If, for whatever reasons, an employer wants to know, what sort of a person you are with your friends — and they all will, once the positions they are considering you for reach a certain height, they'll find out. With private investigators, if need be.

What you present to the employer being separate from your personal life is actually a really important part of how we function as a society.

Is it? How so? Can you cite any studies showing usefulness of such separation? Or how this separation changed over the years — for the betterment of society, or otherwise?

Comment Re:Embarrassment (Score 1) 270 270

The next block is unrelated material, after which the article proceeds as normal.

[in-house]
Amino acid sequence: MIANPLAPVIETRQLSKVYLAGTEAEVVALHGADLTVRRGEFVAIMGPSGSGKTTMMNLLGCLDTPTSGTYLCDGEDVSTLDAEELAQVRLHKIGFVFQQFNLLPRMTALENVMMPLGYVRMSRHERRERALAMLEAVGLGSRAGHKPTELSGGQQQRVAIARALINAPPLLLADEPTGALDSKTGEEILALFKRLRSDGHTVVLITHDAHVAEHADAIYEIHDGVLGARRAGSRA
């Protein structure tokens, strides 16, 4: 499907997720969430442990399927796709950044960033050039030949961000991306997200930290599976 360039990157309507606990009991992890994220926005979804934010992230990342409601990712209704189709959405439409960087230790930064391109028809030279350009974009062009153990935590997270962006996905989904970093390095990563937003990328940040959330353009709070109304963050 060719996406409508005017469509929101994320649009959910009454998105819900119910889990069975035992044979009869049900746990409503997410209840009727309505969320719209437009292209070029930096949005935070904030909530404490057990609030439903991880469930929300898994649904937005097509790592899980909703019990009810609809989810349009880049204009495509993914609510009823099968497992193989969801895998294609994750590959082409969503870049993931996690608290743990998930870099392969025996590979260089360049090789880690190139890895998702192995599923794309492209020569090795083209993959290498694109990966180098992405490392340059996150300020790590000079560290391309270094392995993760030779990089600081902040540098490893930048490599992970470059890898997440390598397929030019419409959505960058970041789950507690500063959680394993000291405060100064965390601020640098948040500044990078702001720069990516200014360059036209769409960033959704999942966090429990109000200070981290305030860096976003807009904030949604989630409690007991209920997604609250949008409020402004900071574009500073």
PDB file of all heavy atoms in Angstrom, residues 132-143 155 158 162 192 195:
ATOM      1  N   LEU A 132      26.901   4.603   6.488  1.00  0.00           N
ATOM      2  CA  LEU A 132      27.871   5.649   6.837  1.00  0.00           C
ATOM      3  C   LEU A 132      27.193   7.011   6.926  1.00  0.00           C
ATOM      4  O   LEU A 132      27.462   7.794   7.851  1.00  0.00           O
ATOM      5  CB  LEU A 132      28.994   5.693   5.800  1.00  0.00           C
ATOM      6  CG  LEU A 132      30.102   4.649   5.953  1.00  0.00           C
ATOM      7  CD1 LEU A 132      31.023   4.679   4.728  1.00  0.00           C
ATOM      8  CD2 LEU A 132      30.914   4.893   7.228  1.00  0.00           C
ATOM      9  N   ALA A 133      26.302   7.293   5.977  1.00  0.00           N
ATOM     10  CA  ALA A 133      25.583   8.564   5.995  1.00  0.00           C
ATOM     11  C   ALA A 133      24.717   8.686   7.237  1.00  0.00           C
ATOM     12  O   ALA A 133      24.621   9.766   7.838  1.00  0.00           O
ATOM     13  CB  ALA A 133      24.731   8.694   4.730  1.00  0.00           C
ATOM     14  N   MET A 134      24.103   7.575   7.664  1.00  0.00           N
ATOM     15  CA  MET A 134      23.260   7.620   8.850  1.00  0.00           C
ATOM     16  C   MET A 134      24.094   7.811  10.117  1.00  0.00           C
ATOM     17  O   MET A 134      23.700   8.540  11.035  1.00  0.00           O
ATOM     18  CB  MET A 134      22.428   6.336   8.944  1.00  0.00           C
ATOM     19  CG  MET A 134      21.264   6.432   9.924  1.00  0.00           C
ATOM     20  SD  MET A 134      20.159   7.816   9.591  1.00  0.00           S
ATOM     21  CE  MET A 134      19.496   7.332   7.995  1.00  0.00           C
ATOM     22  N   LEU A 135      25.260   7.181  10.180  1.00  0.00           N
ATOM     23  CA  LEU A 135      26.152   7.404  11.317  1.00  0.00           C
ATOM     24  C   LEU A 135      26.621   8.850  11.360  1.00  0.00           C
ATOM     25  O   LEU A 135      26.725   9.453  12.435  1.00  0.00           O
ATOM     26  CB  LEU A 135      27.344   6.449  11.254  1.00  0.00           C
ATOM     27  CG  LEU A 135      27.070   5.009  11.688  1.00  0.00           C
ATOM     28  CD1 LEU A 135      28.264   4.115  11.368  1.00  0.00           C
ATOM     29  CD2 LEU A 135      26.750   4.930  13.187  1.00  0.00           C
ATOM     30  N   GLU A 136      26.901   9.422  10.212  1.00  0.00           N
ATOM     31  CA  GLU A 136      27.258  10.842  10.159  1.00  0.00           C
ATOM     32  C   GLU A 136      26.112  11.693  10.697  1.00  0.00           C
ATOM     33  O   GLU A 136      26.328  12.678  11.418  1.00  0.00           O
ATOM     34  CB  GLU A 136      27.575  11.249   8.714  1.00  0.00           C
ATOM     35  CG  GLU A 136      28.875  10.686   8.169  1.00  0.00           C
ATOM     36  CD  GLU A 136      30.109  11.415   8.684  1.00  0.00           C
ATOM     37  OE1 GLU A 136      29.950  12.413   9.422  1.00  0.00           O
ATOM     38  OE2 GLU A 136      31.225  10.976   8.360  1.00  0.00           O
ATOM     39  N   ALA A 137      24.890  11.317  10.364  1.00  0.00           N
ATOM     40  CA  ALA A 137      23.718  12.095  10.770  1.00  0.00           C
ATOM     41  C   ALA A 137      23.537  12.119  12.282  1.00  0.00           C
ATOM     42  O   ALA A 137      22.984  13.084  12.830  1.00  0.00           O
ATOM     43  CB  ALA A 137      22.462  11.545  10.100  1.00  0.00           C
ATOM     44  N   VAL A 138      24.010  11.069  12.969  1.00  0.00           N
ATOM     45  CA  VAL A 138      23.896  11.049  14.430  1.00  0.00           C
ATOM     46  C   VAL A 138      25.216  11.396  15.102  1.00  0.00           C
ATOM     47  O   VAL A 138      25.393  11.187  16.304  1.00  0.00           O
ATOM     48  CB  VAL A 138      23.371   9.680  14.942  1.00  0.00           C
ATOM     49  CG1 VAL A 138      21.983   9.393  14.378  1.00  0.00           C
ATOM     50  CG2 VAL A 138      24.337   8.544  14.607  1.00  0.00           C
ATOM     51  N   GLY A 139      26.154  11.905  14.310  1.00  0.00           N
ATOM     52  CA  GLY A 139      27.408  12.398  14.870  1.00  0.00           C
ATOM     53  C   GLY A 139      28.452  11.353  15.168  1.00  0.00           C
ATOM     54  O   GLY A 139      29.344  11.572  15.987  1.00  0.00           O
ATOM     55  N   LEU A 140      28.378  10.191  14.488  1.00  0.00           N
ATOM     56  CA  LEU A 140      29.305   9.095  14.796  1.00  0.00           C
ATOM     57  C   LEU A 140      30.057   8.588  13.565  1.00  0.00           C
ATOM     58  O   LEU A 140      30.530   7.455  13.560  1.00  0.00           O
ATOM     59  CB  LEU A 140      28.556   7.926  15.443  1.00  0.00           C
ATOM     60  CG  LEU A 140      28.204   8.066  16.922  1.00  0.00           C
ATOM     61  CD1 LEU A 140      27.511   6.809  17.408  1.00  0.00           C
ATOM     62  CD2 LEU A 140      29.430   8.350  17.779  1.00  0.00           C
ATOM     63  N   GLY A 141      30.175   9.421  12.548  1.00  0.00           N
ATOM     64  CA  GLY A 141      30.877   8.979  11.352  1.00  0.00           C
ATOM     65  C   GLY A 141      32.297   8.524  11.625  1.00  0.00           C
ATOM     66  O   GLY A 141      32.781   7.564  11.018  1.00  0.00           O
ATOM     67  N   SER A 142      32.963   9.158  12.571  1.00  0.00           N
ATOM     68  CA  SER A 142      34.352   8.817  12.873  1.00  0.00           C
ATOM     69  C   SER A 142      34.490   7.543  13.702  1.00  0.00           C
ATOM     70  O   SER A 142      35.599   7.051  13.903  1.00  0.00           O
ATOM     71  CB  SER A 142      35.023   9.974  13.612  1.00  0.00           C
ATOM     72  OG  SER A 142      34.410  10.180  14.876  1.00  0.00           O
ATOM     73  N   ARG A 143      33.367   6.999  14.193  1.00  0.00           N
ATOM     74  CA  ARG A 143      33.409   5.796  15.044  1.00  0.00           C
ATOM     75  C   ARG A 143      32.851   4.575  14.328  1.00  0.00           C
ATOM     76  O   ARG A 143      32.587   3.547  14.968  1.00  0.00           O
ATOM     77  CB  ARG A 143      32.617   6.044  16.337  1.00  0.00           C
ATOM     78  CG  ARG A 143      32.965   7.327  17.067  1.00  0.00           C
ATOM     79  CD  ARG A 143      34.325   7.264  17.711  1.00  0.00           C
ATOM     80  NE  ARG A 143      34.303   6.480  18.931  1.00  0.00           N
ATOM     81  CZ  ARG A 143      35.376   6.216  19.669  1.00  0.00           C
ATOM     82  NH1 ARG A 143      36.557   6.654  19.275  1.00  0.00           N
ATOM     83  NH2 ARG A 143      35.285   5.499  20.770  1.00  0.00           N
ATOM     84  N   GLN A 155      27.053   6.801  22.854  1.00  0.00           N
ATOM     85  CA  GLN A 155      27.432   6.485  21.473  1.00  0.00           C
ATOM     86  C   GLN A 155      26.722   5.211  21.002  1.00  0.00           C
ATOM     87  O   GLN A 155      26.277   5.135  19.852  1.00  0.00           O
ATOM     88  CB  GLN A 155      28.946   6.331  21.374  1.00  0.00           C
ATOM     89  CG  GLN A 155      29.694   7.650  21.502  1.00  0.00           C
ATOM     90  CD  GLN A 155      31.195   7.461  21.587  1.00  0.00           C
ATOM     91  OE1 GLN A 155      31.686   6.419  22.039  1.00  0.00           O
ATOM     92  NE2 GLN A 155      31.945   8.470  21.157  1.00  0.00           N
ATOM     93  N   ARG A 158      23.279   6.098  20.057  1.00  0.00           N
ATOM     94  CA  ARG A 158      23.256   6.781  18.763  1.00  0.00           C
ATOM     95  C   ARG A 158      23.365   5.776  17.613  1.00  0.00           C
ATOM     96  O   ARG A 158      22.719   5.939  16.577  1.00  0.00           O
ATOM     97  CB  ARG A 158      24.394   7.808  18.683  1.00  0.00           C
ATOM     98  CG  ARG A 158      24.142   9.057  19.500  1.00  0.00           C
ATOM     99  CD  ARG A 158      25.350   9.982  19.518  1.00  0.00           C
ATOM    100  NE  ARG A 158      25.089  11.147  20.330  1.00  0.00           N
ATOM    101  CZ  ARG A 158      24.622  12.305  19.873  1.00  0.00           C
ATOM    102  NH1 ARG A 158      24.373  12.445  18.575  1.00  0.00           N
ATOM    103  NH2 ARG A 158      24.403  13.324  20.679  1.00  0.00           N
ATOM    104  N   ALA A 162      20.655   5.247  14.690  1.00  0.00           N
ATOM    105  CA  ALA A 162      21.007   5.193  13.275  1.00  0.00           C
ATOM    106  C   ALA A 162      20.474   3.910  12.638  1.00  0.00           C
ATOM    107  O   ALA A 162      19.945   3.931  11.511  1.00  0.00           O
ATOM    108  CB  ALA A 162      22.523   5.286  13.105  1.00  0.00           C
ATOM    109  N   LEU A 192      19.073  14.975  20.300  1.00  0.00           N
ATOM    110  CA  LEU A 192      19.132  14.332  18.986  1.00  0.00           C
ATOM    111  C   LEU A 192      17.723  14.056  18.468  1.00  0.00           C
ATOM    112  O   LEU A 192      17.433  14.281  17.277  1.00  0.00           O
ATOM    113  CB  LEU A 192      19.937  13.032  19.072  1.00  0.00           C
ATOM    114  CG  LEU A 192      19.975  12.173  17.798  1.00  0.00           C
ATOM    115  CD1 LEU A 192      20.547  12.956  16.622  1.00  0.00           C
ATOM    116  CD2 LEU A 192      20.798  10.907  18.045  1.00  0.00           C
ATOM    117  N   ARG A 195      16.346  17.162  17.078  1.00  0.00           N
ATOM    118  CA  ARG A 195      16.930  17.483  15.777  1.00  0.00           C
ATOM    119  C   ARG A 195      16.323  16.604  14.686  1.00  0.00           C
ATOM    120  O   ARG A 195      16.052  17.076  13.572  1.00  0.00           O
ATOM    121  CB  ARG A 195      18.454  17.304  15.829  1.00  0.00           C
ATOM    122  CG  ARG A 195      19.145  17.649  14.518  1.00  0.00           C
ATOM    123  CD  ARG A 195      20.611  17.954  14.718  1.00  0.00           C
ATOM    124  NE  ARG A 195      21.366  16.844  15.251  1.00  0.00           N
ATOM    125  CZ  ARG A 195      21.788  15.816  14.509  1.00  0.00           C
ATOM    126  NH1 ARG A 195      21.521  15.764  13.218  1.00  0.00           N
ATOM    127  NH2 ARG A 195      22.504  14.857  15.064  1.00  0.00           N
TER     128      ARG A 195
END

The problem isn't embarrassment, it's judgemental people with the power to affect your live.

Oh, thank you for identifying "the problem". For a while here, I thought it was the irresponsible statements and other behaviour of certain people. Turns out, it is the other people's opinion of same...

Comment If I could abort child, I can do ANYTHING (Score 1) 270 270

there may be some issues there for good reason

If we, as a society, trust parents with the decision to abort their children before birth, what possible "good reason" can there be for us to intervene in the decision to let them wonder in the park until dinner after the umbilical cord is cut?